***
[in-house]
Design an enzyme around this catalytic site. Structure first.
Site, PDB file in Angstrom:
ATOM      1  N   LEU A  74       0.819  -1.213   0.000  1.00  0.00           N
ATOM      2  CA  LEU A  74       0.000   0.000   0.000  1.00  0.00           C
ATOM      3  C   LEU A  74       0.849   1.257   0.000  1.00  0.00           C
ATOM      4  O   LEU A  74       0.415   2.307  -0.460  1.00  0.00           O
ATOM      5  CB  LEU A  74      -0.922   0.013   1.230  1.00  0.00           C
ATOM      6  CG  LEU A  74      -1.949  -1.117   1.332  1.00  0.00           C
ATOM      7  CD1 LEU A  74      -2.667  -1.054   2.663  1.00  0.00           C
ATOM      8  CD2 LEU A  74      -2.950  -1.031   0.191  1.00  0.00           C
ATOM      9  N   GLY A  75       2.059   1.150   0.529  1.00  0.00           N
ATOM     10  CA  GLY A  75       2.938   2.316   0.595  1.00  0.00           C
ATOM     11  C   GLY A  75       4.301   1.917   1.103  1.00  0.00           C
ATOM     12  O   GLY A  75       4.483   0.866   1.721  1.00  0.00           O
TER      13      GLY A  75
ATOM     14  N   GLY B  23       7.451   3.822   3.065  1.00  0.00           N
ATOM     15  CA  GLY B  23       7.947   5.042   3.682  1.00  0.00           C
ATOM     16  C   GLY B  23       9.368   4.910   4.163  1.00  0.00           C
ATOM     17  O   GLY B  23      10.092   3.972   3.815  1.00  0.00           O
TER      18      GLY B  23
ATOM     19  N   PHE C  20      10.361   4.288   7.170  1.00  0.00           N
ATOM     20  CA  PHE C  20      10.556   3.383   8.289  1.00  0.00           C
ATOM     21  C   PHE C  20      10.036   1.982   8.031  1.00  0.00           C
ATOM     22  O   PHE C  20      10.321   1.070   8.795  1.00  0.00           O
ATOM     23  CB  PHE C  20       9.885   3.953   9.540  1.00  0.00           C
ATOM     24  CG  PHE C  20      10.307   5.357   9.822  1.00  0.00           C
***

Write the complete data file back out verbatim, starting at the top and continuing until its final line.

[in-house]
Design an enzyme around this catalytic site. Structure first.
Site, PDB file in Angstrom:
ATOM      1  N   LEU A  74       0.819  -1.213   0.000  1.00  0.00           N
ATOM      2  CA  LEU A  74       0.000   0.000   0.000  1.00  0.00           C
ATOM      3  C   LEU A  74       0.849   1.257   0.000  1.00  0.00           C
ATOM      4  O   LEU A  74       0.415   2.307  -0.460  1.00  0.00           O
ATOM      5  CB  LEU A  74      -0.922   0.013   1.230  1.00  0.00           C
ATOM      6  CG  LEU A  74      -1.949  -1.117   1.332  1.00  0.00           C
ATOM      7  CD1 LEU A  74      -2.667  -1.054   2.663  1.00  0.00           C
ATOM      8  CD2 LEU A  74      -2.950  -1.031   0.191  1.00  0.00           C
ATOM      9  N   GLY A  75       2.059   1.150   0.529  1.00  0.00           N
ATOM     10  CA  GLY A  75       2.938   2.316   0.595  1.00  0.00           C
ATOM     11  C   GLY A  75       4.301   1.917   1.103  1.00  0.00           C
ATOM     12  O   GLY A  75       4.483   0.866   1.721  1.00  0.00           O
TER      13      GLY A  75
ATOM     14  N   GLY B  23       7.451   3.822   3.065  1.00  0.00           N
ATOM     15  CA  GLY B  23       7.947   5.042   3.682  1.00  0.00           C
ATOM     16  C   GLY B  23       9.368   4.910   4.163  1.00  0.00           C
ATOM     17  O   GLY B  23      10.092   3.972   3.815  1.00  0.00           O
TER      18      GLY B  23
ATOM     19  N   PHE C  20      10.361   4.288   7.170  1.00  0.00           N
ATOM     20  CA  PHE C  20      10.556   3.383   8.289  1.00  0.00           C
ATOM     21  C   PHE C  20      10.036   1.982   8.031  1.00  0.00           C
ATOM     22  O   PHE C  20      10.321   1.070   8.795  1.00  0.00           O
ATOM     23  CB  PHE C  20       9.885   3.953   9.540  1.00  0.00           C
ATOM     24  CG  PHE C  20      10.307   5.357   9.822  1.00  0.00           C